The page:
Seth Godin: Oh, every single day I fight the resistance. You know, the time I was probably defeated the most visibly was when I was building my first Internet company, and I was in the right place at the right time, with the right resources, and we could have built it to something quite large. Once I hit 72 employees, I couldn’t do it anymore. The resistance, the voice in my head said, “You know what, you have no business building a company with 200, or 400, or 1,000 people in it, and that’s when we made the decision to hook up with Yahoo. I was pleased that I was honest enough with myself that I wasn’t going to be able to overcome that one, but disappointed that I let that voice in my head rule the decisions that I was making. On a more prosaic note, every single day when I write a blog post, every single day when I decide what I’m going to do next, there’s a very loud voice in the back of my head that says, “You know, maybe you’re going to blow it with this one. Maybe you’re going too far. Why don’t you just take it easy? And that conversation, as I was talking about with James Cameron, that conversation’s what I do for a living.
I can’t listen inside your head Steve, but I’m imagining lots of people have that conversation. And I guess if there’s a difference between me and them, at least in terms of my career, it’s that I don’t listen to resistance. Instead I seduce it, or I trick it, or I ignore it, or I fight it different ways everyday. But I don’t let it beat me.
Steve Cunningham: Shifting on to the last topic now — and this is one that you’ve not gotten in trouble for, but people have spoken out about before — [is that] is you don’t give a map. You don’t tell people, “Here’s how you do it. Here’s how you become a linchpin.” Why is it so hard to create a map to become an artist?
Seth Godin: The minute there’s a map there is no art. Paint by numbers is not art. Paint by numbers is a mechanical activity. There’s a village in China called Dafen… By one estimate, a third of all the oil paintings in the world are painted in this village in China. And what happens is as soon as the sun rises hundreds of thousands of people run outside, set up their easels, and paint as fast as they can until sunset. That’s what they do for a living. No one would claim that these people are artists. They are painters. They are people who put oil paint on canvas. They have a manual. They have a map.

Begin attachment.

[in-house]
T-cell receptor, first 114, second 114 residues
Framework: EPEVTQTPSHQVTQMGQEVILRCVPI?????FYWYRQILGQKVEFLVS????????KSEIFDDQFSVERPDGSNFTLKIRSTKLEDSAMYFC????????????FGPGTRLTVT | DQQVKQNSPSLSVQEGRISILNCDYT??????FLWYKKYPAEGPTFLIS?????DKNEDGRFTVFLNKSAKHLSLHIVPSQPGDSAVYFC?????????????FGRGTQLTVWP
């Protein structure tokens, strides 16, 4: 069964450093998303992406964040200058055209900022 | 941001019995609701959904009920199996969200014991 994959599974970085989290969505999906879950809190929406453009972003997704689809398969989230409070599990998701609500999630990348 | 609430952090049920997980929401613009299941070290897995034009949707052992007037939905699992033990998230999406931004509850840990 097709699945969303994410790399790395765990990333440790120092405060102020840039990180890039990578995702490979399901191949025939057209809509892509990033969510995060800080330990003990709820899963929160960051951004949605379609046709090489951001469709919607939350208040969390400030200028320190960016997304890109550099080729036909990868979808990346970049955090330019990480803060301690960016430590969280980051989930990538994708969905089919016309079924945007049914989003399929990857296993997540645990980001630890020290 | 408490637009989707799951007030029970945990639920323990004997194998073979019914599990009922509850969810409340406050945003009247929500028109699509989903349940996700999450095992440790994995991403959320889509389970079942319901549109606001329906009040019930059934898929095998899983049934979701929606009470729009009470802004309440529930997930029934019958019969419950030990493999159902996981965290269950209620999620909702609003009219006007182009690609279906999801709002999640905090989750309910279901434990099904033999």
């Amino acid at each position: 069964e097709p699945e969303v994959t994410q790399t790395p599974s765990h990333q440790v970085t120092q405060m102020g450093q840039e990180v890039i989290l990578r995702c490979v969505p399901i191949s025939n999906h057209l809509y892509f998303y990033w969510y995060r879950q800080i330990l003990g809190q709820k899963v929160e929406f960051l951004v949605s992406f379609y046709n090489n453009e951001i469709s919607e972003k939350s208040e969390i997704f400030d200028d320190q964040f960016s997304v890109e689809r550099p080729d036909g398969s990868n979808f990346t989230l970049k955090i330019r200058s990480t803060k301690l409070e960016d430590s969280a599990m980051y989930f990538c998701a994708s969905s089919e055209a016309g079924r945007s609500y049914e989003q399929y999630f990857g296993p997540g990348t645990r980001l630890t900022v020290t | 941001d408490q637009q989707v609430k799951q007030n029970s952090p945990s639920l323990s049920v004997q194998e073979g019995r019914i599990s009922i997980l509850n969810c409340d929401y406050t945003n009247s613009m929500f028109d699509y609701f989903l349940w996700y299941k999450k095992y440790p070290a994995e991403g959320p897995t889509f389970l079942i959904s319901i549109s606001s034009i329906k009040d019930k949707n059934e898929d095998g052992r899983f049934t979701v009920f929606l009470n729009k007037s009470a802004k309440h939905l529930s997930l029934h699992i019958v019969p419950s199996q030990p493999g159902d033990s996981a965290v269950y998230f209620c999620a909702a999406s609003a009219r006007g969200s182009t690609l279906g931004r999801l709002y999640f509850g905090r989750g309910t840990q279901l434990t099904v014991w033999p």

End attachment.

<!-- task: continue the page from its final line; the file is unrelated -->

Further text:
If I told you, step-by-step, what to do to become indispensable, then anyone could do it. And if anyone could do it, it wouldn’t be worth very much. Scarcity creates value. And, this is going to frustrate people, but the emotional labor of work, today — the thing that makes you worth $50,000 or $100,000 or $150,000 a year — is that you can navigate the world without a map. People who need a map, are going to get paid less and less and work harder and harder every day, because there’s plenty of those people, and I can find them with a click of the mouse. Challenge — the only thing I’m selling in this book — is the decision that you will now live without a map, that you will be less obedient, not more obedient; less compliant, not more compliant; and that ultimately, you will do work that matters. And, if I achieve that, with even a hundred people it will be worth the effort.
Steve Cunningham: Excellent. So we’re at the end of the interview here. What is the one thing you want anybody who listens to this interview or reads the book to do.
Seth Godin: Well, I’m hoping that if you get that far, you’ve already made some sort of the change that you need to make a difference. So what I would like you to do is be generous and teach somebody else this idea. Teach somebody else, maybe a kid, maybe a peer, maybe a boss, about the power of doing work that people talk about.
Steve Cunningham: Thank you so much for being here, Seth. If you are listening to this, you have to go out and get this book. It’s a fantastic book, and I for one will be playing with more cowbell from now on. Thank you very much Seth.
Seth Godin: Thanks Steve, I’ll see ya.